Nearby corn plunges to 17-month low
Corn prices slid 4.1% to their lowest close in 17 months, pressured by unexpectedly weak export sales and favorable weather for the U.S. crop.
The decline erased the last of corn's gains seen during a brief, sharp rally last week, which was fueled by surging wheat futures and dry weather. This week, as weather forecasts have improved, traders have refocused on the potential for a record U.S. harvest this year.
The drop to a new low highlights the strong seasonal volatility in corn prices. Futures often whip up and down heading into the summer, as analysts watch shifting weather forecasts for clues about how crops will develop.
Corn for July delivery fell 25 cents Thursday to settle at $5.78 1/2 a bushel on the Chicago Board of Trade and is down 9% so far this week. The settlement price was the lowest for the front-month contract since December 2010, although prices dipped to similar levels in intraday trading five months ago. December corn futures, which reflect the outlook for the size of the fall harvest, fell 8 cents, or 1.5%, to $5.15 a bushel.
"This thing is trying to run off the train tracks," said Chad Henderson, president of Prime-Ag Consultants Inc., a commodity brokerage based in Brookfield, Wis. "I'm a little surprised."
Corn futures came under pressure Thursday morning after weekly export-sales data from the U.S. Department of Agriculture fell far short of analysts' expectations. Export sales in the week through May 17 were 482,000 metric tons, compared to estimates ranging from 900,000 to 2 million tons. The cause of the shortfall wasn't immediately clear.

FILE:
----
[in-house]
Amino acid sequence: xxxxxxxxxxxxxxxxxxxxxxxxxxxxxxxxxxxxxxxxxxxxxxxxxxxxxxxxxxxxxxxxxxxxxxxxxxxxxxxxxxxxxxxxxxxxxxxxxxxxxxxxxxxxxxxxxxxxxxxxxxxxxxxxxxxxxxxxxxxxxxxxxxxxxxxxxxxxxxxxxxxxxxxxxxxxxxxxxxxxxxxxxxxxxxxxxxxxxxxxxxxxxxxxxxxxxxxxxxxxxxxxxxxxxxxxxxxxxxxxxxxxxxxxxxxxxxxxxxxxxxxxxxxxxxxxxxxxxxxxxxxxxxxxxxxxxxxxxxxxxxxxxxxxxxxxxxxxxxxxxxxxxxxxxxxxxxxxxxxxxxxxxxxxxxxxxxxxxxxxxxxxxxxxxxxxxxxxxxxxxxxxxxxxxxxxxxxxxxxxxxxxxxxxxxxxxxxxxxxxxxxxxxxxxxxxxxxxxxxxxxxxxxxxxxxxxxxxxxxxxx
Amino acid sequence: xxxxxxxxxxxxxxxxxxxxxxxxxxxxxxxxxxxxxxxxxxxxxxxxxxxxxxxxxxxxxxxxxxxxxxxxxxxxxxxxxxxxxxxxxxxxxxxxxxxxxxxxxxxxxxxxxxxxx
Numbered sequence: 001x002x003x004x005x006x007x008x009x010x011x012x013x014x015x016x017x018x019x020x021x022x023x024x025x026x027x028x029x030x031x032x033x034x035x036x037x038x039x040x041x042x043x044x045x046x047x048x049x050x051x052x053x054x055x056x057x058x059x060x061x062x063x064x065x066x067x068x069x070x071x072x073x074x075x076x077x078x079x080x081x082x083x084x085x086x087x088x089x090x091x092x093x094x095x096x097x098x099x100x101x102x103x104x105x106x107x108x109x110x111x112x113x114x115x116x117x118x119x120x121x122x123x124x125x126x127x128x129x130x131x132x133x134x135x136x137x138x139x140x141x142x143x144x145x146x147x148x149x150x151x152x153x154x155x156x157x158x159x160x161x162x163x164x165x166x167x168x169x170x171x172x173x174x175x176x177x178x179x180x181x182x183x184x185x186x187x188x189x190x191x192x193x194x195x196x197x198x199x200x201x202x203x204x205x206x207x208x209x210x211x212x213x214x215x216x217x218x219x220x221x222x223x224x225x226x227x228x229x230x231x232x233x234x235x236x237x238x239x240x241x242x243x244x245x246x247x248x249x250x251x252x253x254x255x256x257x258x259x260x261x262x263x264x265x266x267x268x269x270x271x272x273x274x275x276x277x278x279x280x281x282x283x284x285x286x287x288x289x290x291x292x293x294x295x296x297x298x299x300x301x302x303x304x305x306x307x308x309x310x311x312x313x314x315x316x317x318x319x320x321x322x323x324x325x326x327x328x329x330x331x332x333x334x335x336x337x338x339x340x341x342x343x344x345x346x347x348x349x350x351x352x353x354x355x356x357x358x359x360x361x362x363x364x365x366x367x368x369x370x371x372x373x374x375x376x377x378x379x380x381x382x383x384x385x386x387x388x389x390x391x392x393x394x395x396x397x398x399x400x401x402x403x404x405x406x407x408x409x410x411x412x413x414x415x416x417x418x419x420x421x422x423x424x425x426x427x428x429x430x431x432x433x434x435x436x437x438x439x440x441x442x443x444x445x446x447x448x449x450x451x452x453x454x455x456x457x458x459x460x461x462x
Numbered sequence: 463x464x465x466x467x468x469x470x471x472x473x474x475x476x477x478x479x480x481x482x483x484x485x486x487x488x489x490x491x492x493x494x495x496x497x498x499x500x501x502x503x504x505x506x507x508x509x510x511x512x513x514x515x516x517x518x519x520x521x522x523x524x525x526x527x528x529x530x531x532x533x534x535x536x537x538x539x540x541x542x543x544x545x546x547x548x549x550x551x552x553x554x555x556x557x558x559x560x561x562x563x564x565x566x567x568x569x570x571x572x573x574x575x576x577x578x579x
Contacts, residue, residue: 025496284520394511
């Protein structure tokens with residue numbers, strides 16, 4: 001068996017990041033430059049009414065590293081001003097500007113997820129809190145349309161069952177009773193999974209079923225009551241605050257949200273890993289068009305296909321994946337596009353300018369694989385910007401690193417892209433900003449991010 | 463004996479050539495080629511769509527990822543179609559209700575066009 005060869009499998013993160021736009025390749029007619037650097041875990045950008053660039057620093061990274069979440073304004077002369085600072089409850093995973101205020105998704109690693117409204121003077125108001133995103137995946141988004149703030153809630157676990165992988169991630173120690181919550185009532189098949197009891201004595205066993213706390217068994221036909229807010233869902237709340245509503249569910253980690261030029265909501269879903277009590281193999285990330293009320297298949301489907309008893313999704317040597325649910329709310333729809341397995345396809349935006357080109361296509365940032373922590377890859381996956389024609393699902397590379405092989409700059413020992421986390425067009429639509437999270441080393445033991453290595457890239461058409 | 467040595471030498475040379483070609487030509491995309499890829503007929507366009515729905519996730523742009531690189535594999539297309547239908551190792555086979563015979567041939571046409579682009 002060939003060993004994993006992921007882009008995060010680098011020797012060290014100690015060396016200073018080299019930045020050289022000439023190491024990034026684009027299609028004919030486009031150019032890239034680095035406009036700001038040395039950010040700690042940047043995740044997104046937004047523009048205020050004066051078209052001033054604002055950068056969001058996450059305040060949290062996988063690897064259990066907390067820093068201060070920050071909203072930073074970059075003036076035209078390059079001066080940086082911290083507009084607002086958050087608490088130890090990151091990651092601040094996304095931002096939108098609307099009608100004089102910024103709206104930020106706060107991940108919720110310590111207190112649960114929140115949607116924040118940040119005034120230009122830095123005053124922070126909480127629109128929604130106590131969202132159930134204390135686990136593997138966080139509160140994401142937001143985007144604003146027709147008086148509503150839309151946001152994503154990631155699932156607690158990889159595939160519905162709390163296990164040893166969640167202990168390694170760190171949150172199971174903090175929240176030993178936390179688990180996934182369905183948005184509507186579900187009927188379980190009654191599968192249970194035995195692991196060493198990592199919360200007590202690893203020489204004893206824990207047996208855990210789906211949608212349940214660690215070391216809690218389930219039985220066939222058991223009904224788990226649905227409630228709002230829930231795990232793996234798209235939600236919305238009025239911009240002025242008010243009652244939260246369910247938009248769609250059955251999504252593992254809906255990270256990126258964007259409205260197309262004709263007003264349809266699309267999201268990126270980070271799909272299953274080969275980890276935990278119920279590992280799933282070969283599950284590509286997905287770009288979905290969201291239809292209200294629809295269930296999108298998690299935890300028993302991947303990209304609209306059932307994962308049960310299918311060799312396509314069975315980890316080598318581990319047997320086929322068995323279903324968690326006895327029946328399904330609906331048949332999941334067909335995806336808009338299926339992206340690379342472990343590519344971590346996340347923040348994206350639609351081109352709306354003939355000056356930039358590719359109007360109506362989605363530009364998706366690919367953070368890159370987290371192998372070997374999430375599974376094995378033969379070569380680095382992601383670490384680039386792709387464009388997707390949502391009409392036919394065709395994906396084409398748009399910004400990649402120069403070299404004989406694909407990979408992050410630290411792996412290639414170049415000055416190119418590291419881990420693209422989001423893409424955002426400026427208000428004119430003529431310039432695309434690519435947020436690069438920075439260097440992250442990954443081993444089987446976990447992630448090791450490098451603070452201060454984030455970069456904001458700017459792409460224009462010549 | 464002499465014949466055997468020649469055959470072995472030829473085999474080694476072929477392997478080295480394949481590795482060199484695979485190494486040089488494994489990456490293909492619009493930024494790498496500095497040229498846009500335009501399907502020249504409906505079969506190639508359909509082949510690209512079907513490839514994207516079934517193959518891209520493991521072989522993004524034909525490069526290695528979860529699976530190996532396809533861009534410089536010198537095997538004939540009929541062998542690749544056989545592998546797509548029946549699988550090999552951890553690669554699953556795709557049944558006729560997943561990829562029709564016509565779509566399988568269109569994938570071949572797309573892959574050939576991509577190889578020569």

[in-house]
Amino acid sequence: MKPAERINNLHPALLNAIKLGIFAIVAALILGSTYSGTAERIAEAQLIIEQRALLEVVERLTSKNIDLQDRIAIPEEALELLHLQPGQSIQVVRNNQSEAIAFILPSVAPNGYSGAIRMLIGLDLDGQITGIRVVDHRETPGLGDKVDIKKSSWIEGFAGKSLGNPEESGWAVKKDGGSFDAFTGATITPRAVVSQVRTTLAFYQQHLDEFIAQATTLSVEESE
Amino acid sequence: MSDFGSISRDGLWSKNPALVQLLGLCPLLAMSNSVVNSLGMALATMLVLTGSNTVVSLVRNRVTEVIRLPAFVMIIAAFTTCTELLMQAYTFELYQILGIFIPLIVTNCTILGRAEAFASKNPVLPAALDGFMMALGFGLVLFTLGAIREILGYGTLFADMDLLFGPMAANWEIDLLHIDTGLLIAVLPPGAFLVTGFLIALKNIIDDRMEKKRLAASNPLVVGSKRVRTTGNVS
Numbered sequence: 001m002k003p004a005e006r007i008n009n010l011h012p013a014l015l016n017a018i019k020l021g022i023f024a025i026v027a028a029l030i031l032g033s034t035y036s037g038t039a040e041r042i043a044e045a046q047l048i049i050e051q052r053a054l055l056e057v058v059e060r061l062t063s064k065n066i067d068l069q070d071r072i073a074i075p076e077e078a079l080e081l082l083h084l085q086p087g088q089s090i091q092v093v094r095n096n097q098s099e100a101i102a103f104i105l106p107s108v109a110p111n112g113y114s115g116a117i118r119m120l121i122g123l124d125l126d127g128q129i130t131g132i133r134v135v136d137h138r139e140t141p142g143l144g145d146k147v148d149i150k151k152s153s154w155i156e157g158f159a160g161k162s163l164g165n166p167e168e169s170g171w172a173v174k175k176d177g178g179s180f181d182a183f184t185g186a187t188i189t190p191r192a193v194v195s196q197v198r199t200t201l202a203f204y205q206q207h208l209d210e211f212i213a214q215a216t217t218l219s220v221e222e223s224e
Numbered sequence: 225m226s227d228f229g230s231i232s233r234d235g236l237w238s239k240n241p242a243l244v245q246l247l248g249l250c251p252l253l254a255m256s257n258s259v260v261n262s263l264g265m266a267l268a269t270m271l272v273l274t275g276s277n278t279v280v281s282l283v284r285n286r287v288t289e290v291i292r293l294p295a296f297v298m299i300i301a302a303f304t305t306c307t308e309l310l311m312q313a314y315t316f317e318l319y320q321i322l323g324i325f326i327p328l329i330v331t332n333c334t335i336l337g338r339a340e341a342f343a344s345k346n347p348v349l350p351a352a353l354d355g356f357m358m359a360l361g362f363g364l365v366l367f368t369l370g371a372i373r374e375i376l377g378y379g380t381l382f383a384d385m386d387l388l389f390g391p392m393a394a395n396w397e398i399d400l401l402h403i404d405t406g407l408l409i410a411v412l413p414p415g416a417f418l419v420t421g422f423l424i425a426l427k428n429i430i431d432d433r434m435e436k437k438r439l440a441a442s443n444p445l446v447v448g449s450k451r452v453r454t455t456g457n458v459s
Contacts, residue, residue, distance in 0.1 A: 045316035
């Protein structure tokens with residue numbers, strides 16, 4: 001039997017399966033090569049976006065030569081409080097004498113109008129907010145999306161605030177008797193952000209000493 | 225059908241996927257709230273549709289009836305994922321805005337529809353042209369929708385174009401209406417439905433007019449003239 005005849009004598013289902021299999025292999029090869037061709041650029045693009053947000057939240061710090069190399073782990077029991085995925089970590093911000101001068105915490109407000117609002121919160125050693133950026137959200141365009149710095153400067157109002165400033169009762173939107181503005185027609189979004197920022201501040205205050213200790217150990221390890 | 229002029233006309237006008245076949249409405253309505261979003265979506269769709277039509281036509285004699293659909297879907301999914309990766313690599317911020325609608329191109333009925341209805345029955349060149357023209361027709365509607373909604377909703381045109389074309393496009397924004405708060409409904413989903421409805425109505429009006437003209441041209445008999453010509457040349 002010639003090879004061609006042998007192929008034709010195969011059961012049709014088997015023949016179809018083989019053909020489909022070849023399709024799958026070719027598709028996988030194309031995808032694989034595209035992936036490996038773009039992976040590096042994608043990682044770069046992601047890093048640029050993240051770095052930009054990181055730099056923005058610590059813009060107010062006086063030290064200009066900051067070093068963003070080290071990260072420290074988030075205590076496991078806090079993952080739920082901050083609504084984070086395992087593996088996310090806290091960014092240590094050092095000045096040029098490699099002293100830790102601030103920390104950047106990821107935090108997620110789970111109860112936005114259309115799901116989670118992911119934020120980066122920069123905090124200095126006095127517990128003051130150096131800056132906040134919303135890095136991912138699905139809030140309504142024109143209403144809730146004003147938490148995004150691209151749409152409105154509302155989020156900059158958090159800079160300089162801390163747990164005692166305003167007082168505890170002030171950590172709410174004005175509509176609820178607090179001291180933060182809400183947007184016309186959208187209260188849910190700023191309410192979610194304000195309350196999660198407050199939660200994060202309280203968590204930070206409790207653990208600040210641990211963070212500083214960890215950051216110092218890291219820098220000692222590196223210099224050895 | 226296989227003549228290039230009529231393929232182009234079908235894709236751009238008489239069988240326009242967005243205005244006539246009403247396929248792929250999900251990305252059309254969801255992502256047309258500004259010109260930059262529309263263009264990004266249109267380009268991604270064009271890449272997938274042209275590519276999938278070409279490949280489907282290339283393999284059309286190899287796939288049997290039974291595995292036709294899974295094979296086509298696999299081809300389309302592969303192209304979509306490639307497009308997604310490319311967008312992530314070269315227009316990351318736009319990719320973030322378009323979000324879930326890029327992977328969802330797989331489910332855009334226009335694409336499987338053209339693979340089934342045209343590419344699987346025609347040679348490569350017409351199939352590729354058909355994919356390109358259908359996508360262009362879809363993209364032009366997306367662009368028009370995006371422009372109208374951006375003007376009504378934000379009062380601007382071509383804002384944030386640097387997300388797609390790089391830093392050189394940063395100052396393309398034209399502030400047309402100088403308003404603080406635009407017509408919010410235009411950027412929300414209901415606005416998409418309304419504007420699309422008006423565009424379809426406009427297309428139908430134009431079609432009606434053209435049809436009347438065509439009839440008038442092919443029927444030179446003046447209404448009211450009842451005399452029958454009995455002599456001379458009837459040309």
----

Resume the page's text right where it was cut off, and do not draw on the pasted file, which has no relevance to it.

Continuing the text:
Favorable weather overall for the U.S. crop also weighed on futures, as rains fell in the northern part of the corn belt and forecasts eased for dryness farther south in states such as Iowa and Illinois.
Sustained periods of good weather could boost the crop's yield, bolstering supplies when corn is harvested this autumn. The USDA this month forecast this year's U.S. corn production at a record 14.8 billion bushels, and said Monday that 77% of the corn crop was in good or excellent condition--higher than analysts expected.
The fall in corn futures steepened around midday, traders said, because large, speculative managed funds appeared to start selling futures to exit bets that prices would rise.
"That has been the pattern we've been in of late. We're really seeing the [speculative] money move together in a herd mentality," said Arlan Suderman, an analyst in Wichita, Kan., for agricultural trade publication Farm Futures.
Corn futures may rebound Friday as the sell-off could spark new buying interest, traders said. The decline also may raise concerns that futures need to rise again to limit demand, as current domestic supplies of corn are tight.
Wheat futures traded higher most of the day, boosted by strong export sales and concerns about dry weather in the southern Great Plains. But they weakened and ended mixed, pulled down by the accelerating slide in corn prices.